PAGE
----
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ex) I can't think why he was willing to say that it was my fault.

Now, for the purpose of making a sentence to have the same meaning of the example sentence, I would like to use modal auxiliary verb 'will'.

I can't think why he will have said that it was my fault.

Is this sentence a grammatically correct equivalet of the example sentence?

Again, for the same purpose above, I would like to use modal auxiliary verb 'would'.

I can't think why he would say that it was my fault.

Is this sentence a grammatically correct equivalet of the example sentence?

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  • I'm not going to close-hammer this question, but to my mind, "Is this sentence I made up a correct equivalent to this other sentence?" falls under "proof-reading". CV only if you agree
    – gotube
    Aug 1, 2023 at 16:39
  • @gotube: I think IF a question presents us with a good opportunity to examine a feature of English that often perplexes learners, we shouldn't be too keen to close it just because it has aspects of proofreading. I'm pretty sure the OP here has conflated modal would with the state of being "willing = agreeable, with consent". Aug 1, 2023 at 17:00
  • @gotube: I don't know the meanings of the verb "close-hammer" and the abbreviated word "CV" . Please tell me the meanings of them.
    – gonju yi
    Aug 1, 2023 at 19:35
  • @gonjuyi "CV" means "close vote". Normally, if five people vote to close a question, it is closed, but because I'm a Moderator on this site (I have the little "♦" next to my name), if I close vote a question, it closes immediately. I'm informally calling this power a "close hammer".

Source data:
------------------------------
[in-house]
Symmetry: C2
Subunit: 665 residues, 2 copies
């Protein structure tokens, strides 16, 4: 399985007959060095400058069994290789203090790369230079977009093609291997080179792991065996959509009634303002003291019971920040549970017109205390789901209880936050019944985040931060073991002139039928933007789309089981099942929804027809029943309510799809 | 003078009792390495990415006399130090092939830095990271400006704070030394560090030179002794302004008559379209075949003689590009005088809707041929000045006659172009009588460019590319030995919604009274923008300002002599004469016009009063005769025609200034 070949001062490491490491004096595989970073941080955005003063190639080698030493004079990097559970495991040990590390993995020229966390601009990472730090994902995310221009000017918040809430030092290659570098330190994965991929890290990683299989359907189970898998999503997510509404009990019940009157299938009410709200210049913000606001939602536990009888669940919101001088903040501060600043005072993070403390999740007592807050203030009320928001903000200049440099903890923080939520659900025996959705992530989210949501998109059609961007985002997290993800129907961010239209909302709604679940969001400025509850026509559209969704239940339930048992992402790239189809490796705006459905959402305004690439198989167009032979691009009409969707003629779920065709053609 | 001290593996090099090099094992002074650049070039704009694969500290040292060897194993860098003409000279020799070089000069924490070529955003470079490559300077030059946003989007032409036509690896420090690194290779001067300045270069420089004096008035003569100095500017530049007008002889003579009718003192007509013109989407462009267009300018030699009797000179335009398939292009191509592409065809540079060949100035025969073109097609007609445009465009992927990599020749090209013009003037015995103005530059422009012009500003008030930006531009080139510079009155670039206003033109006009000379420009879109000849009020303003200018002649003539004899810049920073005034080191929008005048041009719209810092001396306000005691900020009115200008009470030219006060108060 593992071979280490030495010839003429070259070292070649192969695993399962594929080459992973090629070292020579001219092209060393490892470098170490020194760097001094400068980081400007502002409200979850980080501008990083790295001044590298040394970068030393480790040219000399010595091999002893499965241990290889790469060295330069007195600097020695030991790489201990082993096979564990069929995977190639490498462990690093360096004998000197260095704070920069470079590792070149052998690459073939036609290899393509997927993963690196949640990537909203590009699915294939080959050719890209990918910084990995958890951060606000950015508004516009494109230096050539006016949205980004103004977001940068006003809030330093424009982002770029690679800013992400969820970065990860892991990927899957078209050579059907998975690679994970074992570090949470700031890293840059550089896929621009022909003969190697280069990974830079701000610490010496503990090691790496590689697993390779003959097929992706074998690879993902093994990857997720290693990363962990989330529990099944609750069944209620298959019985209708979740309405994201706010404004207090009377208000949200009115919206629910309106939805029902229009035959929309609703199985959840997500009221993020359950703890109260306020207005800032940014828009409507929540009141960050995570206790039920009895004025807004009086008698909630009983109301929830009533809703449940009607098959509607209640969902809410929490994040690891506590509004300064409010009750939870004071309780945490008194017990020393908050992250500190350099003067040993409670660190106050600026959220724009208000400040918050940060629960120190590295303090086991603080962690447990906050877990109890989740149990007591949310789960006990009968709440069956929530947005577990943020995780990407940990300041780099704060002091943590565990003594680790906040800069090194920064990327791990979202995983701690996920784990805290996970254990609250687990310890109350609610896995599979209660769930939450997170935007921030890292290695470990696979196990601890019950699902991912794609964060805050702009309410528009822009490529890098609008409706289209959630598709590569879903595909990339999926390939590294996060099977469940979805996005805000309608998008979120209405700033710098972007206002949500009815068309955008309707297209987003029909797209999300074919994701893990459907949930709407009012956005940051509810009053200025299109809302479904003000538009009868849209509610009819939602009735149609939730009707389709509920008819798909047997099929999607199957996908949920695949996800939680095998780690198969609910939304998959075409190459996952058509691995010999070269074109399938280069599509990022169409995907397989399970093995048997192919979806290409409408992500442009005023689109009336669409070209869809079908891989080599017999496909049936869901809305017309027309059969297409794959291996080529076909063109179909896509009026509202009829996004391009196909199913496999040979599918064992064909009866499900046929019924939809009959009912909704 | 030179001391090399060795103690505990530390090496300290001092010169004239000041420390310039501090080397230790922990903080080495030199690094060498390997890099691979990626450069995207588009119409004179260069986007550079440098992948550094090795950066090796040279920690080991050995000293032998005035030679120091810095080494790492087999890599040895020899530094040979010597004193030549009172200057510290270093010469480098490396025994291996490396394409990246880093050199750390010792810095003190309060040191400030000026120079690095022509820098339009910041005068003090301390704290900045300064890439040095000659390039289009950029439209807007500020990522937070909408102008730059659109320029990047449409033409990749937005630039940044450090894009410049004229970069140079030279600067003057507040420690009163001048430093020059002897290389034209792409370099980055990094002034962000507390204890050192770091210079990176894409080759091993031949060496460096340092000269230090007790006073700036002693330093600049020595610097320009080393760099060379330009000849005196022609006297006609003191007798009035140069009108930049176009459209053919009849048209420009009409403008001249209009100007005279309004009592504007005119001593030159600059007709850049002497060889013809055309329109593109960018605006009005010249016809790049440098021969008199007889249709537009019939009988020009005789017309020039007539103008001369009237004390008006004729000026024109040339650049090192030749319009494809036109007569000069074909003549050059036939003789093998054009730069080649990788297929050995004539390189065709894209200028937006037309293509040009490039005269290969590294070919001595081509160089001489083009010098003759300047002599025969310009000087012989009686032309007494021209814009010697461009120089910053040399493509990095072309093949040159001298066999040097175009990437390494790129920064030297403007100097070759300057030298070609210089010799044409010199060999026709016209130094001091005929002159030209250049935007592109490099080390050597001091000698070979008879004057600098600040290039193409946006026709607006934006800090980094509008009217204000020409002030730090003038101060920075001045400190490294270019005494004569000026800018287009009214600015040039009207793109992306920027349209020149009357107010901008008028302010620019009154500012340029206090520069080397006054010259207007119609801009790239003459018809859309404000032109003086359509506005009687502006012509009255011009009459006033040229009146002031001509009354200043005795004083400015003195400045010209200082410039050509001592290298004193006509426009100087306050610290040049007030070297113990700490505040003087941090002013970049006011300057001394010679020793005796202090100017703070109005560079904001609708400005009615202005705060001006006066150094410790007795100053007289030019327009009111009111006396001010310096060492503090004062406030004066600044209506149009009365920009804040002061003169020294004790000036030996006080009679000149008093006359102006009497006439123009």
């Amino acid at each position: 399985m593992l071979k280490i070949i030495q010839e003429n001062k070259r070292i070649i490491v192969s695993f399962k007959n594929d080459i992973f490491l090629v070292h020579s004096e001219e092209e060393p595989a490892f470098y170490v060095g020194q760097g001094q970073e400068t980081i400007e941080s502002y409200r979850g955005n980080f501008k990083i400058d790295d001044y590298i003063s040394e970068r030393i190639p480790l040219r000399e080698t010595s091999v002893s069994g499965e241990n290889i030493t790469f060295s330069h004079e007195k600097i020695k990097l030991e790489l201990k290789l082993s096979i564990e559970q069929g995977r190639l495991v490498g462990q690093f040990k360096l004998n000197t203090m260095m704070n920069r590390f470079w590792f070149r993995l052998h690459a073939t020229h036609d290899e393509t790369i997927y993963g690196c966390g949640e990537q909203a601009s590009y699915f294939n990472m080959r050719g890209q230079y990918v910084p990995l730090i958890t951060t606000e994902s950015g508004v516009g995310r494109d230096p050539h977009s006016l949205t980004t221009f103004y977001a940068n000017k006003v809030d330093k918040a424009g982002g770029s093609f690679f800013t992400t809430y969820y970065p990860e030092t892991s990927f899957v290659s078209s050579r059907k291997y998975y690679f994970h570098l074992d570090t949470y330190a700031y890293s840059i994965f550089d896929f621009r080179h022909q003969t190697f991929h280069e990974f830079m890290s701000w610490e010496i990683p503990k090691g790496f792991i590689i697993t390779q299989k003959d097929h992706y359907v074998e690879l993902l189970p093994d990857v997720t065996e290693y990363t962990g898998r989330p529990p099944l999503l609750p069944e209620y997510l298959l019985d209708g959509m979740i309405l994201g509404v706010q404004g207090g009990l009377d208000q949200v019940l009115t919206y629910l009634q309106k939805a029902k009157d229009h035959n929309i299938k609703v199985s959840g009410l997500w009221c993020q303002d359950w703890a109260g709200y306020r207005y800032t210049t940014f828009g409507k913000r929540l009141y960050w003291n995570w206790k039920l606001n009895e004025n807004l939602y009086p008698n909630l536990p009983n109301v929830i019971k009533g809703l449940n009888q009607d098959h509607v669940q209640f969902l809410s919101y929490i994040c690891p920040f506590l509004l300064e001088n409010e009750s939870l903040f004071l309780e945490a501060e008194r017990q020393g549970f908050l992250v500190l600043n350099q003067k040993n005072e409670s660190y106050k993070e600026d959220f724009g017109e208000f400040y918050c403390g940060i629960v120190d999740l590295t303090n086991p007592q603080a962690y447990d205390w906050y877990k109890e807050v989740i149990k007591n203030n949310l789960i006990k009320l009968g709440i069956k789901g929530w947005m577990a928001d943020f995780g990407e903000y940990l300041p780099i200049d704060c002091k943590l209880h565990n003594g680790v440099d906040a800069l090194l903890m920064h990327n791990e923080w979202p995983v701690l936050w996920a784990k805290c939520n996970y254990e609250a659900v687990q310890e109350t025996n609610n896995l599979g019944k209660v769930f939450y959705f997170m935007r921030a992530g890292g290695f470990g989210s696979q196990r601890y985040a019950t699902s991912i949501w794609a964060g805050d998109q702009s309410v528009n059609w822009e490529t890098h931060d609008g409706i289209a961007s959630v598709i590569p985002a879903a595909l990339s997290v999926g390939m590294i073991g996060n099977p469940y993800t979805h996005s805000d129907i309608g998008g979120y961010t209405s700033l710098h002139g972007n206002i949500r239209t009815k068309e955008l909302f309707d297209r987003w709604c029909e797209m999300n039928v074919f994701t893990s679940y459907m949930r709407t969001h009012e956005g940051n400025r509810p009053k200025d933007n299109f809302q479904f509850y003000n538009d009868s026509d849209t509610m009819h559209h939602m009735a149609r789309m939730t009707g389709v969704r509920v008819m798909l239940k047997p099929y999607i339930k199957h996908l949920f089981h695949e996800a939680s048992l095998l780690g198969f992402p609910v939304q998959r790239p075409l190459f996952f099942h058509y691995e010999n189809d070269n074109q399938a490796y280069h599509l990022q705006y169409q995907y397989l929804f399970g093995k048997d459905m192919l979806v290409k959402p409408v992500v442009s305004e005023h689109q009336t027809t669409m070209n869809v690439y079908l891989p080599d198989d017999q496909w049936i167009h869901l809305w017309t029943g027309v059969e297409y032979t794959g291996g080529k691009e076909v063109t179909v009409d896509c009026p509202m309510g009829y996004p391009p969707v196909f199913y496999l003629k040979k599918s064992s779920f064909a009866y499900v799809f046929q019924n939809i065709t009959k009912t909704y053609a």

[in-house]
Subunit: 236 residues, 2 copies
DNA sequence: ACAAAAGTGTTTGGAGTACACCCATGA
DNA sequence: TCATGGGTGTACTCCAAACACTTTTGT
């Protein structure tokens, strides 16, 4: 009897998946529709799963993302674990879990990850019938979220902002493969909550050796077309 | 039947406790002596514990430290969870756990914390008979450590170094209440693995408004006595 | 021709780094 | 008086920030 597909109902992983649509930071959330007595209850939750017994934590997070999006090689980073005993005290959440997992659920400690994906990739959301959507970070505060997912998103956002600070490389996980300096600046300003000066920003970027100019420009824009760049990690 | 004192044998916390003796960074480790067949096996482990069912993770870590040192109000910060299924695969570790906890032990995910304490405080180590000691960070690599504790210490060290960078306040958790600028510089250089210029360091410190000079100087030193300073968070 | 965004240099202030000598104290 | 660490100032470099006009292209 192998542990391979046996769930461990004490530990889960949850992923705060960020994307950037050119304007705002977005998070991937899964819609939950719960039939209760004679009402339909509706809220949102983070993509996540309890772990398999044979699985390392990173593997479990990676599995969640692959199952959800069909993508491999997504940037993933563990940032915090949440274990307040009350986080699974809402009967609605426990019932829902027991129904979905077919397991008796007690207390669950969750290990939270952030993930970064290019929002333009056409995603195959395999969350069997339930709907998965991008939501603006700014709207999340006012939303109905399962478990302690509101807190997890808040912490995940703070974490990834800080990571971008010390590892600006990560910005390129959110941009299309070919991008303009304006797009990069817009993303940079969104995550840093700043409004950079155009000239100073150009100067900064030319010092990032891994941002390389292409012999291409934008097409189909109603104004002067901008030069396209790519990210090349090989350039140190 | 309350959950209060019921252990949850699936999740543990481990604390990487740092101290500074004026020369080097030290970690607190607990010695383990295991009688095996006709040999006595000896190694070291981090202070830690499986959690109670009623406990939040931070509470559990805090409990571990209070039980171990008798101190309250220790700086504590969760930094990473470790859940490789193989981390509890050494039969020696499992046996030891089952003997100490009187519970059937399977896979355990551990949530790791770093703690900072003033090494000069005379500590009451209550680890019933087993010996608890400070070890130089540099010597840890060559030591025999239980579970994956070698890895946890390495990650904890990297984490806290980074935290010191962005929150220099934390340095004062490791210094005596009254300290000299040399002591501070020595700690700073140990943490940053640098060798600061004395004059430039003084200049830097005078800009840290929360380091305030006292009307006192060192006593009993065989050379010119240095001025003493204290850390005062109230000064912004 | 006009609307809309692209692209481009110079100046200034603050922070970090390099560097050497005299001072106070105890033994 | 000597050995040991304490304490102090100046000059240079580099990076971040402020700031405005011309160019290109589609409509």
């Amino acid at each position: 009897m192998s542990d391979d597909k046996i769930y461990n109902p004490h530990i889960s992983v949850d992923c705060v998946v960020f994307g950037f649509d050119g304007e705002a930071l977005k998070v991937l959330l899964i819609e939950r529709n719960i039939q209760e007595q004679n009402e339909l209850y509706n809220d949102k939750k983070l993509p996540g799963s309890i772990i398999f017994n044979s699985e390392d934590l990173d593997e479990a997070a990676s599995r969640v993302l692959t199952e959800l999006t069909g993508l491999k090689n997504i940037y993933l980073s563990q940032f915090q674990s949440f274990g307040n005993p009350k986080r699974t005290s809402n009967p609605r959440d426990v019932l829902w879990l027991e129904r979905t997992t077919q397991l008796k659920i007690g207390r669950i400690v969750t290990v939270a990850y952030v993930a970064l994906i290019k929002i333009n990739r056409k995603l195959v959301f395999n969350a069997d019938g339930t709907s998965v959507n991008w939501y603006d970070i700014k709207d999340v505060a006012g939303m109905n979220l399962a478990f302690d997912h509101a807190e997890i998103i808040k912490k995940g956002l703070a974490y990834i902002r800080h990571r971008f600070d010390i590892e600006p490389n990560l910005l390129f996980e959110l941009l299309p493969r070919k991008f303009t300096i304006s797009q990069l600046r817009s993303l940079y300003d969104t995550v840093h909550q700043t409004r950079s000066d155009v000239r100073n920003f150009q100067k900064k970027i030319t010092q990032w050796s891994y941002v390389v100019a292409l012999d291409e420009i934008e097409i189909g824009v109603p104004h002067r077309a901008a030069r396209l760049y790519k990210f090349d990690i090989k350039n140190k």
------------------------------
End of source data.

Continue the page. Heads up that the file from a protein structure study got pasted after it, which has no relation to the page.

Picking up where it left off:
– gotube
    Aug 8, 2023 at 0:42
  • @gotube: Thank you for your helpful comment.
    – gonju yi
    Aug 10, 2023 at 8:55

3 Answers 3

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It's better to use "understand" instead of "think" here.

The second example above is incorrect, "will have" is an auxiliary verb that changes the tense of the sentence, and is unrelated to "willing."

But you can say:

I can't understand why he was willing to say that it was my fault.

or

I can't understand why he would say that it was my fault.

Those are both fine.

"Don't know" is very common here as well, as in:

I don't know why he would say that it was my fault.

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I think OP is confusing "being willing" with the modal would (used to reference a hypothetical situation).